I’ve searched for information about the mayor but haven’t found any.  Most articles say that the region grew when in 1966 Brunello was granted the DOC (Denominazione di Origine). Then in 1980 Brunello became the first wine in Italy to obtain Denominazione di Origine Controllata e Garantita status.

I’ve never truly understood the difference between DOC and DOCG but found an excellent article at https://www.winespectator.com/articles/what-s-the-difference-between-doc-and-docg-wines-in-italy

According to Wine Spectator, ‘DOC wines are regulated for not just the type of grape and where they are grown, but also harvest yields, alcohol levels and the use of barrels. The rules for DOCG are even stricter than DOC—yields must be lower and the wines must be aged in barrels longer, for example. And DOCG includes requiring the wines be submitted for technical analysis and tasted for approval by a government committee before they can be sold as DOCG wines. The DOCG wines even have a numbered, government seal across the neck of the bottle to prevent counterfeiting.’

Some articles also credit the Mariani family from New York who started Banfi Winery with playing a big role in the development of the region’s wine making as well as in the local economy. (And Francesco said the same thing when we mentioned how disappointed we were that Castello Banfi is no longer open for wine tastings.)

We, then, went into the fermentation and ‘aging’ rooms where Francesco explained the process for making Brunello as well as their experiments with different Super Tuscans. He also described the multiple tests their wines have to go through to receive the DOCG. During that discussion he said, ‘We believe in science.’  We quickly agreed and tried to distance ourselves from the crazies in the U.S.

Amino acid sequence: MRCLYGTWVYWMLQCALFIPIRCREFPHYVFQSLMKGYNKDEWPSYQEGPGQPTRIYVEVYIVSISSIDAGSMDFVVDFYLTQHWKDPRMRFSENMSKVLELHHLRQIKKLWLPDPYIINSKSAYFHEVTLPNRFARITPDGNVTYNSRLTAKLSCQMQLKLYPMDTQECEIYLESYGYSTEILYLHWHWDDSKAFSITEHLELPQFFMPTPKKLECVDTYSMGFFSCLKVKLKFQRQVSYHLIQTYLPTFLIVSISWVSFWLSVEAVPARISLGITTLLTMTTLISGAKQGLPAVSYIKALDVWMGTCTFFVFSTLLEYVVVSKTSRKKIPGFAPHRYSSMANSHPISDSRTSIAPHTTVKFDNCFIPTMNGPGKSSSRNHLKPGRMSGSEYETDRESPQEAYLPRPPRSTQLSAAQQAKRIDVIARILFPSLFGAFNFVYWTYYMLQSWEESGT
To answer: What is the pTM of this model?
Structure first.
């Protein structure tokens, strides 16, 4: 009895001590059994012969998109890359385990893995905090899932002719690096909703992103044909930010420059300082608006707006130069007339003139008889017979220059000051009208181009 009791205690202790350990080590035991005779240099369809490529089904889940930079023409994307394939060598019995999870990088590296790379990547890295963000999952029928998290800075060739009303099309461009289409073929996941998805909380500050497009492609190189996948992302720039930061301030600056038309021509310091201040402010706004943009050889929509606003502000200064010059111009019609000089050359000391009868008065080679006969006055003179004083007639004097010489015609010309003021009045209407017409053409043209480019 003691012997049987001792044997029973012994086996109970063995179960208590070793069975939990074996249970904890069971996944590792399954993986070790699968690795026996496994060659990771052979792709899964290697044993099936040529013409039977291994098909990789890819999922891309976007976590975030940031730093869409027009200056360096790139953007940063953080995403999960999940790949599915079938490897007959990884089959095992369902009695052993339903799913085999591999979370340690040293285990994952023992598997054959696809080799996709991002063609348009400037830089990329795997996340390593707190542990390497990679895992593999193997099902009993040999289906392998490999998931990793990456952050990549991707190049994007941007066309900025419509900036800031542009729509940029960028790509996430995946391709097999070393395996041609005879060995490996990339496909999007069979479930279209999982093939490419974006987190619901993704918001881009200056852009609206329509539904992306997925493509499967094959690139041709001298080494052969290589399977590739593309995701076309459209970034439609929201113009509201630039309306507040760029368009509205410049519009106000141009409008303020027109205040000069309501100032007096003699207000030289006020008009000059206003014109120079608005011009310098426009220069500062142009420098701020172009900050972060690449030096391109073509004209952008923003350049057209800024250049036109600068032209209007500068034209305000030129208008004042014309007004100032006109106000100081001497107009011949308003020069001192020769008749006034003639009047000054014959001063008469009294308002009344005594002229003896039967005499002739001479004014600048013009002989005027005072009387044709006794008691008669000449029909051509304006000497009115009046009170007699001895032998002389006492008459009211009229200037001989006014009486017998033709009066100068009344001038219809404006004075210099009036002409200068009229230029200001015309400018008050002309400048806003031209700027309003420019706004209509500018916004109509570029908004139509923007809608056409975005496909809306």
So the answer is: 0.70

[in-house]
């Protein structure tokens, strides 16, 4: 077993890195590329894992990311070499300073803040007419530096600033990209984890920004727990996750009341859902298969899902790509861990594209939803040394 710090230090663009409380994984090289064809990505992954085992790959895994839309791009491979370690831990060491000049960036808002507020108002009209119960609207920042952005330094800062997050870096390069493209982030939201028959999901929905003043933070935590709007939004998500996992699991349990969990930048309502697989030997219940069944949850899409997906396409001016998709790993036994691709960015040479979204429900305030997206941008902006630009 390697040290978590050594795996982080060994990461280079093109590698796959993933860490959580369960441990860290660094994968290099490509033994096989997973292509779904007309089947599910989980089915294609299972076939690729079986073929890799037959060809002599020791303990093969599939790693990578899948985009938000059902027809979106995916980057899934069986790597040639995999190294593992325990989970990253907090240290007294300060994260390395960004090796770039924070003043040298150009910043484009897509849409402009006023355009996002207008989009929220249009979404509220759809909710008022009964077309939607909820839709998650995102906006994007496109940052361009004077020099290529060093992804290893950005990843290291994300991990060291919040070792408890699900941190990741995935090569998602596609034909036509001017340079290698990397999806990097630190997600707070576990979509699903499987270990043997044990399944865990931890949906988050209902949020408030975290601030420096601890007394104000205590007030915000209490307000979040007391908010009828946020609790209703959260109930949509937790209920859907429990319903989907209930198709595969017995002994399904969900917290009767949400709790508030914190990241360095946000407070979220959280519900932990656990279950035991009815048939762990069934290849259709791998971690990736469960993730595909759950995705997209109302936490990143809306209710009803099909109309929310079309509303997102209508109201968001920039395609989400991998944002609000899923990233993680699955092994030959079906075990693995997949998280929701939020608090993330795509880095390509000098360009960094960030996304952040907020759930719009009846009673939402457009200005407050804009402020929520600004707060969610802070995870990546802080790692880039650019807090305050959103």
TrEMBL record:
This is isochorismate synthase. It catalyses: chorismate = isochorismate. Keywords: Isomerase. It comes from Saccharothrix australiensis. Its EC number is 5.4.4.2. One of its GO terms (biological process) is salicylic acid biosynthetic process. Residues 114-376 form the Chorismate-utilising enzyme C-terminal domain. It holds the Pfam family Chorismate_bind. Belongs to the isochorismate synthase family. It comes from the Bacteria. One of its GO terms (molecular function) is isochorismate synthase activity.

Our final stop was a stunning tasting room where we had 3 Brunellos, including one that Francesco said was their best year, plus a Super Tuscan and a Rosso di Montalcino.  While tasting the wines and having a few bites of salami and cheese, Francesco also told us the vineyard has a B&B on the grounds.  What a fabulous place that would be to stay! We ordered a half case of wine and now wish we’d bought more.

Enotecas

Montepulciano

Montepulciano (see A Week in Montepulciano post) is the epicenter of the Vino Nobile wine making and there’s an enoteca about every 10 feet.  Some are associated with specific vineyards and offer wine tastings.  Others offer light snacks (‘tagliere’ or meat and cheese trays) and wine by the glass.

Perbacco Enoteca

Sunday, our first full day in Montepulcaino, we realized that there was a major bike race that ended in Piazza Grande.  So Sunday afternoon as we strolled around, getting to know the town, we looked for an enoteca with a terrace where we could enjoy the bike race and the sun.  But the town was packed.  As we walked up the steep hill that leads to Piazza Grande we noticed this little enoteca and decided to stop.  We had a nice meat and cheese platter and a couple of glasses of wine all with a great view of the bike race or more accurately the bike grind.

Enoteca Caratello

We stumbled on this cute little place our first afternoon in Montepulciano, exhausted and starving after driving from Montalcino to Siena, dropping off our rental car and then taking the train to Montepulciano.  We went back two more times during the week, each time having 2-3 glasses of wine, usually the local rosato, and a ‘tagliere’ (literally ‘cutting board’).  Our favorite tagliere was one that had crostini topped with diced zucchini in olive oil and herbs.  Yum!!

We only saw one other couple there the three times we went so please, if you’re in Montepulciano, go there.

Enoteca la Fortezza